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Why the Fair Tax Failed

It’s a testament to the broken trust between voters and Springfield that the bluest state in the Midwest couldn’t pass a graduated income tax.

An anti–Fair Tax sign lines a walkway in Palatine.   Photo: Stacey Wescott/Chicago Tribune

If Illinois Democrats are looking for someone to blame for voters’ resounding rejection of the Fair Tax, they should look at themselves — and at their leader, House Speaker Michael Madigan.

A progressive income tax is not a radical proposal. Had Illinois voted to adopt it, we would have joined 32 states that tax their residents on a sliding scale. A 2019 poll by the Paul Simon Center for Public Policy at Southern Illinois University found that Illinoisans favored a progressive tax by a 2-1. The idea that the wealthy should pay taxes at a higher rate was popular in principle. In practice, though, when voters were asked to give the Madigan-led legislature the power to take the lid off tax rates, 55 percent said no. As a constitutional amendment, it required a 60 percent “yes” vote.

Democrats should see this defeat as the bill coming due for decades of cronyism, corruption, ghost payrolling, insider deals, and all the other hinkiness that gives Illinois its reputation as the most politically dishonest state in the nation. The federal investigation into Madigan for pressuring ComEd into hiring his lackeys was the final bag of garbage into a dumpster the Democrats’ couldn’t shut the lid on, allowing the stench to spread all across the state. The story broke in July, four months before the election. The Fair Tax’s opponents took advantage, airing ads attacking “Springfield politicians” who couldn’t control their spending, and now wanted more of our money.

Austin Berg, vice president of marketing for the anti-Fair Tax Illinois Policy Institute, said his organization took an exit poll of 1,600 voters in October. Their number one reason for voting no on the Fair Tax was “distrust of Springfield.” That’s consistent with a 2014 Gallup poll which found that Illinoisans trusted their state government less than the residents of any other state. The margin wasn’t even close. Only 28 percent of us had a “great deal or fair amount” of trust. The next lowest was Rhode Island, with 40 percent.

Berg also cited “major tactical errors on the part of the ‘yes’ folks, all the way from drafting to how they marketed it.” Especially damaging were suggestions by prominent Democrats that the Fair Tax could make it easier to introduce a tax on retirement income, since that could be applied only to wealthy retirees.

Although the Fair Tax was not a partisan issue, support fell along partisan lines. It received a majority of votes only in the state’s two most progressive counties, Cook and Champaign. Less affulent counties in Southern Illinois, which would have benefited from the Fair Tax’s redistribution of wealth from the Chicago area, voted “no” by 80 percent or more, similar to their support for President Trump.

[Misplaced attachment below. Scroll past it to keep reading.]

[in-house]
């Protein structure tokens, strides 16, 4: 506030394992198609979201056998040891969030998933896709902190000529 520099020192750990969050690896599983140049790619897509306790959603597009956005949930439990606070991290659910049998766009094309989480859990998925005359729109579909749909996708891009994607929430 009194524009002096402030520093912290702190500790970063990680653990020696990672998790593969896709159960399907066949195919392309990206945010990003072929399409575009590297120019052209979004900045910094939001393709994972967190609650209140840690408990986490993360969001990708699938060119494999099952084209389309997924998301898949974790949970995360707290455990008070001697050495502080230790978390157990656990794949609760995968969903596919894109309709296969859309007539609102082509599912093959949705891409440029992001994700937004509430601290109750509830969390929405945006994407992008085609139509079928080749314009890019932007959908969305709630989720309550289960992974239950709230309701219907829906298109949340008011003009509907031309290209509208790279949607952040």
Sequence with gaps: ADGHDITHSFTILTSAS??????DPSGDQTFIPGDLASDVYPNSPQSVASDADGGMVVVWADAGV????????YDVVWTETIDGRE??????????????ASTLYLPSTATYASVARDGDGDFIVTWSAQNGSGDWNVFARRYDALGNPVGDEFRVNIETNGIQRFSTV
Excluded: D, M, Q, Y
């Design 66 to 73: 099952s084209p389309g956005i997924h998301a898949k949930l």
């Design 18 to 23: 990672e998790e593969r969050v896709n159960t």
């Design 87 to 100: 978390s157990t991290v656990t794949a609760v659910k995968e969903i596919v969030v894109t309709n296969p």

Former 47th Ward Ald. Ameya Pawar, a Fair Tax supporter, saw a connection between support for a billionaire president and opposition to a tax on billionaires. (The anti-Fair Tax movement was bankrolled by Illinois’s wealthiest resident, Ken Griffin, who contributed $53.75 million — less than he would have paid if the legislature had hiked his taxes.) To Pawar, the Fair Tax’s failure can be attributed to decades of conservative messaging that government is bad and wealth is good.

“For progressives, I think we have to ask a question: how are social service groups the elite and Ken Griffin is the champion of the working man?” Pawar said.

Instead of giving up on the idea of a progressive income tax, Pawar said, Democrats should “focus on narrative change”— beginning with blaming Griffin for the spending cuts that will result from the Fair Tax’s failure.

“It’s going to be very painful,” Pawar said. “Ken Griffin is forcing spending cuts to human services during the middle of a pandemic, at a time we need them most. That says a lot about the man’s character.”

One way to change the narrative is to change leadership. The Fair Tax’s defeat should be Madigan’s last stand as leader of the party and the House. (Madigan also bears blame for Illinois Supreme Court Justice Thomas Kilbride’s failed retention bid. Kilbride’s opponents sent out mailers portraying him as — you guessed it — a Madigan puppet.)

Any Democrats still afraid of Madigan should have been encouraged by the comments of Sen. Dick Durbin. Durbin, the only Illinois Democrat with more power and gravitas than Madigan, told Chicago Tonight that “[w]e paid a heavy price for the speaker’s chairmanship of the Democratic Party…I hope he takes that to heart and understands that his presence as chairman of our party is not helping.”

Of course, the fact that one of the bluest states in the nation couldn’t get a graduated tax passed means the Democrats have bigger problems than Madigan, who was just elected to his 26th term as a state representative from the Southwest Side. Before the Democrats can ask the voters for a tax hike — even one they sell as a hike for only 3 percent of taxpayers — they need to regain the voters’ trust. In Illinois, that’s going to take a lot of work.

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